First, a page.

Quality of health care, survival and health outcomes in Ghana
This paper analyzes the effect of quality and accessibility of health services and other public infrastructure on the health of children in Ghana. We focus on child survival, child height and weight using data from the Ghana Living Standards Survey. The results suggest an important role for public health policy in eliminating the rural-urban disparities in health status and particularly in improving the health status of rural children and reducing their mortality rates.
(This abstract was borrowed from another version of this item.)
If you experience problems downloading a file, check if you have the proper application to view it first. In case of further problems read the IDEAS help page. Note that these files are not on the IDEAS site. Please be patient as the files may be large.
As the access to this document is restricted, you may want to look for a different version under "Related research" (further below) or search for a different version of it.
References listed on IDEAS
Please report citation or reference errors to , or , if you are the registered author of the cited work, log in to your RePEc Author Service profile, click on "citations" and make appropriate adjustments.:
- Deaton, Angus S & Muellbauer, John, 1986. "On Measuring Child Costs: With Applications to Poor Countries," Journal of Political Economy, University of Chicago Press, vol. 94(4), pages 720-44, August.
- Bryan Boulier & Vicente Paqueo, 1988. "On the theory and measurement of the determinants of mortality," Demography, Springer, vol. 25(2), pages 249-263, May.
- Kiefer, Nicholas M, 1988. "Economic Duration Data and Hazard Functions," Journal of Economic Literature, American Economic Association, vol. 26(2), pages 646-79, June.
- Behrman, Jere R. & Wolfe, Barbara L., 1987. "How does mother's schooling affect family health, nutrition, medical care usage, and household sanitation?," Journal of Econometrics, Elsevier, vol. 36(1-2), pages 185-204.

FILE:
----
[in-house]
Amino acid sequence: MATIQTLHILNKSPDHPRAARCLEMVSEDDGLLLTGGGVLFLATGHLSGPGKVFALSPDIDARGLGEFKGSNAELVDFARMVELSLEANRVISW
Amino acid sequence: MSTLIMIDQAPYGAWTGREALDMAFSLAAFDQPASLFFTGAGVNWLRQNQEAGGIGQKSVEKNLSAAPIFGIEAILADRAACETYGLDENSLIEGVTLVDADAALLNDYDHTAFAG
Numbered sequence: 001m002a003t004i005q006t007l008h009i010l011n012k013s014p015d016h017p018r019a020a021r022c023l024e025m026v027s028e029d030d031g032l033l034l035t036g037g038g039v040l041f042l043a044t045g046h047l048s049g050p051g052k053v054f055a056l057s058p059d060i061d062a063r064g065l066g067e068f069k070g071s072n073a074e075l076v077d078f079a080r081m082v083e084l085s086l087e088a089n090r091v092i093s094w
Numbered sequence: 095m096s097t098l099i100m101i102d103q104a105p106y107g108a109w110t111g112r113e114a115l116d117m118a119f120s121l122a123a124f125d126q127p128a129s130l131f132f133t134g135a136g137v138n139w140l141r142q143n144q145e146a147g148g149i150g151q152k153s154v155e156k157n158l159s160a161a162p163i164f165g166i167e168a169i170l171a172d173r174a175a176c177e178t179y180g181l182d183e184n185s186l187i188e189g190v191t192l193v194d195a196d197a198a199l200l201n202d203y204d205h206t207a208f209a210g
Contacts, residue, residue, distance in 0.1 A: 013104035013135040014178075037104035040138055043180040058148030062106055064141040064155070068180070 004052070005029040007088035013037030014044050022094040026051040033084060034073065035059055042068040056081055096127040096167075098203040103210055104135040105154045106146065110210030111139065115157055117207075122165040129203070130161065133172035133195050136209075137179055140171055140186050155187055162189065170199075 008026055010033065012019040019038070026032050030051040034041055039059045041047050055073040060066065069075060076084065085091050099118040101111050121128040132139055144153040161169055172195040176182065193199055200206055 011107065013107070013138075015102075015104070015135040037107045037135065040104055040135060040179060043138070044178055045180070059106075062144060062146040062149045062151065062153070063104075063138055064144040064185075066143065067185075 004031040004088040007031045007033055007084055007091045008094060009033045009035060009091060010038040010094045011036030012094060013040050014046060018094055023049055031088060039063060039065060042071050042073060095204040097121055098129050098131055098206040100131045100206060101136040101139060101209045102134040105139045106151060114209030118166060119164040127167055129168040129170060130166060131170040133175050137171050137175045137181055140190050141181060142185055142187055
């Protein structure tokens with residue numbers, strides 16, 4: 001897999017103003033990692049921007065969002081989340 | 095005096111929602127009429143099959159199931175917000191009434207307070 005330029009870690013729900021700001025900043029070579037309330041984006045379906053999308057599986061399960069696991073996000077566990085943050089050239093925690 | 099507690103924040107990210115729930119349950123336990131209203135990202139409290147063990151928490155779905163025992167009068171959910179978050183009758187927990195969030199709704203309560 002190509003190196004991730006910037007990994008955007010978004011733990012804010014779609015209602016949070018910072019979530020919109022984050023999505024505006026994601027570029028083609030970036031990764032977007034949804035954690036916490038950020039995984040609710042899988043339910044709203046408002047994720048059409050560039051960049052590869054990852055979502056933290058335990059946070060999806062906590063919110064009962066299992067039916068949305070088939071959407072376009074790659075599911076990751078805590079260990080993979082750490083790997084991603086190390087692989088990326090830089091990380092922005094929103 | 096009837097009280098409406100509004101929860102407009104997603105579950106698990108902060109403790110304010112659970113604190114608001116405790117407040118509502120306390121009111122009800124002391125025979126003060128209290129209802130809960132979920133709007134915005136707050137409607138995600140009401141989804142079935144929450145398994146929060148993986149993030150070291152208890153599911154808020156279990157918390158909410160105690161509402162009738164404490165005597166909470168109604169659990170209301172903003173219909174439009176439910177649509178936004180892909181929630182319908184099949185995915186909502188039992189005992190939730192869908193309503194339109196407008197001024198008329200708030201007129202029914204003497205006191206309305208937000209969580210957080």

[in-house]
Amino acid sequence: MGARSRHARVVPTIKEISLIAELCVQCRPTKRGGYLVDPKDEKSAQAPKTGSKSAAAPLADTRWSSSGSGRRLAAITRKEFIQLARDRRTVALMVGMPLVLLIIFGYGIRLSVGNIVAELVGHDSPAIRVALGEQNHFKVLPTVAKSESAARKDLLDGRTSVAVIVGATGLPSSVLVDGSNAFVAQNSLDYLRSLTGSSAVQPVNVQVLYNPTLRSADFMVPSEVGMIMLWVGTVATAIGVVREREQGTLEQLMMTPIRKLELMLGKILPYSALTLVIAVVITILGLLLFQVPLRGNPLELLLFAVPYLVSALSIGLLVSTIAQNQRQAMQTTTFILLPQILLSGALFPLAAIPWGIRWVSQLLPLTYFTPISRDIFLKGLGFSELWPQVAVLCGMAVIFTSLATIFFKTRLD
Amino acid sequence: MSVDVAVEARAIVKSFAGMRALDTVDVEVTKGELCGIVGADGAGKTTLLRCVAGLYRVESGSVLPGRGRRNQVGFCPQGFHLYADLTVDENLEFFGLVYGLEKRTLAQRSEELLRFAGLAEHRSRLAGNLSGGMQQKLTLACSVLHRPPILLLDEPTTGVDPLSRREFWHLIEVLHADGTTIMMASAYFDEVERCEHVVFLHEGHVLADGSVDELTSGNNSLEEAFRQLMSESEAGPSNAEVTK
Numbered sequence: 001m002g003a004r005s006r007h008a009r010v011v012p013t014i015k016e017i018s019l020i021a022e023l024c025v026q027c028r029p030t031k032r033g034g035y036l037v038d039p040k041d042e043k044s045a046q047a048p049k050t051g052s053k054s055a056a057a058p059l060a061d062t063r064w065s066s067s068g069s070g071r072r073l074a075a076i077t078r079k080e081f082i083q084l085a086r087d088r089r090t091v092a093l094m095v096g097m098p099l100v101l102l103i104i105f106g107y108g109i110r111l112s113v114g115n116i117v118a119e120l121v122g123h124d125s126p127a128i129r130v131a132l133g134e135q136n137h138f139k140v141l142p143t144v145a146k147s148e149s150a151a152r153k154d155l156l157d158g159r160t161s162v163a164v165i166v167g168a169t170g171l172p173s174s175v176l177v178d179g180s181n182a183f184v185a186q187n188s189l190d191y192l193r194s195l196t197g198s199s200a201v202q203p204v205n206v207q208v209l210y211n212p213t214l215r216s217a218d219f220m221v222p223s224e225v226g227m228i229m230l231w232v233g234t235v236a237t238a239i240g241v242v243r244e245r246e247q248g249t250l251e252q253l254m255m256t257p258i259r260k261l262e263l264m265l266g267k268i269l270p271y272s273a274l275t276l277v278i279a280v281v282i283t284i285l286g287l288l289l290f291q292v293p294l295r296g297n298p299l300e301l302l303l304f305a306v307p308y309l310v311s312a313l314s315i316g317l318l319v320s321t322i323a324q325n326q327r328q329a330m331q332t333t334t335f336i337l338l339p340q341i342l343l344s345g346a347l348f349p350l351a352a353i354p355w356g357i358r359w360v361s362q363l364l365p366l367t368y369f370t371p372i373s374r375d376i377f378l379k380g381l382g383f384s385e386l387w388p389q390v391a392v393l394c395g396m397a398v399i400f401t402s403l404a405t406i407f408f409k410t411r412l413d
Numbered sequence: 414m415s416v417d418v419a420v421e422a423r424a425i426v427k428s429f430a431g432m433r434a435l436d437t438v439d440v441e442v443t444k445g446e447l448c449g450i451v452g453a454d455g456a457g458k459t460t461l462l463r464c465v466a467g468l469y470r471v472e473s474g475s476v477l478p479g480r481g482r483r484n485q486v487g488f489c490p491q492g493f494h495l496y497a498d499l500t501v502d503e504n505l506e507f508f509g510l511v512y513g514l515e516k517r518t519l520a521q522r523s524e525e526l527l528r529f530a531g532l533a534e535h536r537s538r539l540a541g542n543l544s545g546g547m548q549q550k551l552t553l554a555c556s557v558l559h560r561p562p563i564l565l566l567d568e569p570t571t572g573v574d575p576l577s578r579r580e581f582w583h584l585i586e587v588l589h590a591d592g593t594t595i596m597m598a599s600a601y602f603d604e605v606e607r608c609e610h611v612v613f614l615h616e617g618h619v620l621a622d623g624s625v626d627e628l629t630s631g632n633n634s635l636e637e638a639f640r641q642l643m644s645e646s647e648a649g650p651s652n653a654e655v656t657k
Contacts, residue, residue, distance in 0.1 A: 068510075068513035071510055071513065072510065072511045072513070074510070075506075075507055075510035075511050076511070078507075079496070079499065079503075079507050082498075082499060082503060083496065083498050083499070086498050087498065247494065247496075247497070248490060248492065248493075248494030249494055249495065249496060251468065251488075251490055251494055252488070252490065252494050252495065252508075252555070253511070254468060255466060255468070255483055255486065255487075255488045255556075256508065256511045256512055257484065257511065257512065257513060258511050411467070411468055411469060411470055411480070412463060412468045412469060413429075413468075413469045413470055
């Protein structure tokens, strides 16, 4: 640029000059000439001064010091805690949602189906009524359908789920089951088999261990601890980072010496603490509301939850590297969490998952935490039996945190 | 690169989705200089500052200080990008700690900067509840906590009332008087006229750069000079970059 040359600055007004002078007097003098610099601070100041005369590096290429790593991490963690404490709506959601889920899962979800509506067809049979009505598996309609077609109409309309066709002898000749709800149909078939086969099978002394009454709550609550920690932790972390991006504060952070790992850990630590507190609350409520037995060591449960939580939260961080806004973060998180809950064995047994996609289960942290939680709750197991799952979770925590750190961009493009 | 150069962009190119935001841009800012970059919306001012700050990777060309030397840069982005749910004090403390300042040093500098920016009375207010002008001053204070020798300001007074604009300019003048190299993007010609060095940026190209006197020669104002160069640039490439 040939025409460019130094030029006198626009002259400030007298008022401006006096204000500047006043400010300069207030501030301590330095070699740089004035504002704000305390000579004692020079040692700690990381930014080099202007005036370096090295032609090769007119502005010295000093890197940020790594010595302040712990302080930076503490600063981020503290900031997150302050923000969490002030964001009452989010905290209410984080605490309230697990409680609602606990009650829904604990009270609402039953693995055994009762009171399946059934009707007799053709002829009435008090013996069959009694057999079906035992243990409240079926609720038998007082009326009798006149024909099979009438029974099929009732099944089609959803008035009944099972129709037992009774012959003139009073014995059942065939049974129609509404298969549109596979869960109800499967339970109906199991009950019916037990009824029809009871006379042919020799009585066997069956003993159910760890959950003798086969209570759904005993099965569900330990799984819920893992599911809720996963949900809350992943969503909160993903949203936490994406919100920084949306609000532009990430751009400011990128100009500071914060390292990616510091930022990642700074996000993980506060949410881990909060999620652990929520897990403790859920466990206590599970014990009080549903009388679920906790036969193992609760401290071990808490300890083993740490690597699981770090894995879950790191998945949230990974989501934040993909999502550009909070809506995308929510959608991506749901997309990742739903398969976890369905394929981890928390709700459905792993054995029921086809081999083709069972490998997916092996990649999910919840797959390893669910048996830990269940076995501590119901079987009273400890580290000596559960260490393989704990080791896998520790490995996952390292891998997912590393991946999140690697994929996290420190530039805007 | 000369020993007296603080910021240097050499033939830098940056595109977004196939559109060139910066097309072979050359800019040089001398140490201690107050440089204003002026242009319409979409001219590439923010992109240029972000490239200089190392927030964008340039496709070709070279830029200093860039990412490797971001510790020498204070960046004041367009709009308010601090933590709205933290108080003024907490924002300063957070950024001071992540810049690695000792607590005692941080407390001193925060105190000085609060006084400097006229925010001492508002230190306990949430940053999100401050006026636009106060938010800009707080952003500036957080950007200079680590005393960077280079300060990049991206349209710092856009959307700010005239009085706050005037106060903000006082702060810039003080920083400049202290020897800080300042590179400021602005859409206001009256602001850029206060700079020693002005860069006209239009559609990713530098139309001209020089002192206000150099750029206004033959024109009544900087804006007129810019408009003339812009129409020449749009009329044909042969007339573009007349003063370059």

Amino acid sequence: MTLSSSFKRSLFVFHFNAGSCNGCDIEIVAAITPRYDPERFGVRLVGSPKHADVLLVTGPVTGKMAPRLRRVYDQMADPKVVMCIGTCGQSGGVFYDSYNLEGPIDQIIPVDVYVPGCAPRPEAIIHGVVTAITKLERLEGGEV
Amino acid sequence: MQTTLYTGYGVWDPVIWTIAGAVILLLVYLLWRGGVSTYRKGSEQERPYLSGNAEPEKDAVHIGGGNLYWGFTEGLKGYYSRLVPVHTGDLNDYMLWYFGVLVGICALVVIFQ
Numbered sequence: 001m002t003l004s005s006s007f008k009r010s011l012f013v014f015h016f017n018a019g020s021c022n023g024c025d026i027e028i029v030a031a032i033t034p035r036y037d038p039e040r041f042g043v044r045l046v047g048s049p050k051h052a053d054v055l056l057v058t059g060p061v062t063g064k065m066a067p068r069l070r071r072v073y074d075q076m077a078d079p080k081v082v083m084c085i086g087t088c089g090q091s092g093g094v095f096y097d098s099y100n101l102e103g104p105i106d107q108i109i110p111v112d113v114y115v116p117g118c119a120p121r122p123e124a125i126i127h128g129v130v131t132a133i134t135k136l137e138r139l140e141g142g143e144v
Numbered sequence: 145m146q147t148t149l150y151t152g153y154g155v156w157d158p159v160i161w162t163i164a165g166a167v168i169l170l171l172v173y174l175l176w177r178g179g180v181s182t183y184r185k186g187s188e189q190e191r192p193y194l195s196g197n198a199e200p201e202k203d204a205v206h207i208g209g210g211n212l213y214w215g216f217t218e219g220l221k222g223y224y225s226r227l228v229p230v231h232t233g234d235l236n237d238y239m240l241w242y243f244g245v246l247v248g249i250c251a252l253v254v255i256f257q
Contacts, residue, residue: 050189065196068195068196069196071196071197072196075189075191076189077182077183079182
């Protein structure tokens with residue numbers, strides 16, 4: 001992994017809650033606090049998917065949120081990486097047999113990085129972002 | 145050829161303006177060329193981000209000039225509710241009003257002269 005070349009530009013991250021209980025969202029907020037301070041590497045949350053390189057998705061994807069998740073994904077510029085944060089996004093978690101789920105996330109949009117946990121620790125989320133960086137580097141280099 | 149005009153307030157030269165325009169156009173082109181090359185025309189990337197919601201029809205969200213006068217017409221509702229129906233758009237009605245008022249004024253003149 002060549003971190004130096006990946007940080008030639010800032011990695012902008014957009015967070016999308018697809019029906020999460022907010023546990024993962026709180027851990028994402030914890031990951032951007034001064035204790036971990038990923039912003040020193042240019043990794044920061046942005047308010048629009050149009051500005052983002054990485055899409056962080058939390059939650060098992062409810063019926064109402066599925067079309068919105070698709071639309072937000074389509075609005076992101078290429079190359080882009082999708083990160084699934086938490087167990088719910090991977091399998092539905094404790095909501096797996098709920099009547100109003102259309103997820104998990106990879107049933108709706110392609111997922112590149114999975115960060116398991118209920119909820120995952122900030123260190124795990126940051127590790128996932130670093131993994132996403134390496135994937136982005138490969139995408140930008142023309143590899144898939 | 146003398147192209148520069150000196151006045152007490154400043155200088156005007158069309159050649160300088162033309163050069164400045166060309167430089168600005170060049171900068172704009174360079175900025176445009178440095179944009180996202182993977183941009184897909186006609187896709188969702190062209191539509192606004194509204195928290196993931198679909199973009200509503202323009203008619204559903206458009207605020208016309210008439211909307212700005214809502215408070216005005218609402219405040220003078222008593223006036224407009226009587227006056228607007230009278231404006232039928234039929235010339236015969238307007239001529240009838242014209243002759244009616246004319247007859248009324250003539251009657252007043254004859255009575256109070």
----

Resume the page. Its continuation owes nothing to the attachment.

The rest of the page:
- Thomas, D. & Strauss, J., 1990.
"Prices, Infrastructure, Household Charasteristics And Child Height,"
602, Yale - Economic Growth Center.
- Thomas, Duncan & Strauss, John, 1992. "Prices, infrastructure, household characteristics and child height," Journal of Development Economics, Elsevier, vol. 39(2), pages 301-331, October.
- Browning, Martin, 1992. "Children and Household Economic Behavior," Journal of Economic Literature, American Economic Association, vol. 30(3), pages 1434-75, September.
- Thomas Merrick, 1985. "The effect of piped water on early childhood mortality in Urban Brazil, 1970 to 1976," Demography, Springer, vol. 22(1), pages 1-24, February.
- Thomas, Duncan & Strauss, John & Henriques, Maria-Helena, 1990. "Child survival, height for age and household characteristics in Brazil," Journal of Development Economics, Elsevier, vol. 33(2), pages 197-234, October.
- Barrera, Albino, 1990. "The role of maternal schooling and its interaction with public health programs in child health production," Journal of Development Economics, Elsevier, vol. 32(1), pages 69-91, January.
When requesting a correction, please mention this item's handle: RePEc:eee:jhecon:v:15:y:1996:i:3:p:333-357. See general information about how to correct material in RePEc.
For technical questions regarding this item, or to correct its authors, title, abstract, bibliographic or download information, contact: (Zhang, Lei)
If you have authored this item and are not yet registered with RePEc, we encourage you to do it here. This allows to link your profile to this item. It also allows you to accept potential citations to this item that we are uncertain about.
If references are entirely missing, you can add them using this form.
If the full references list an item that is present in RePEc, but the system did not link to it, you can help with this form.
If you know of missing items citing this one, you can help us creating those links by adding the relevant references in the same way as above, for each refering item. If you are a registered author of this item, you may also want to check the "citations" tab in your profile, as there may be some citations waiting for confirmation.
Please note that corrections may take a couple of weeks to filter through the various RePEc services.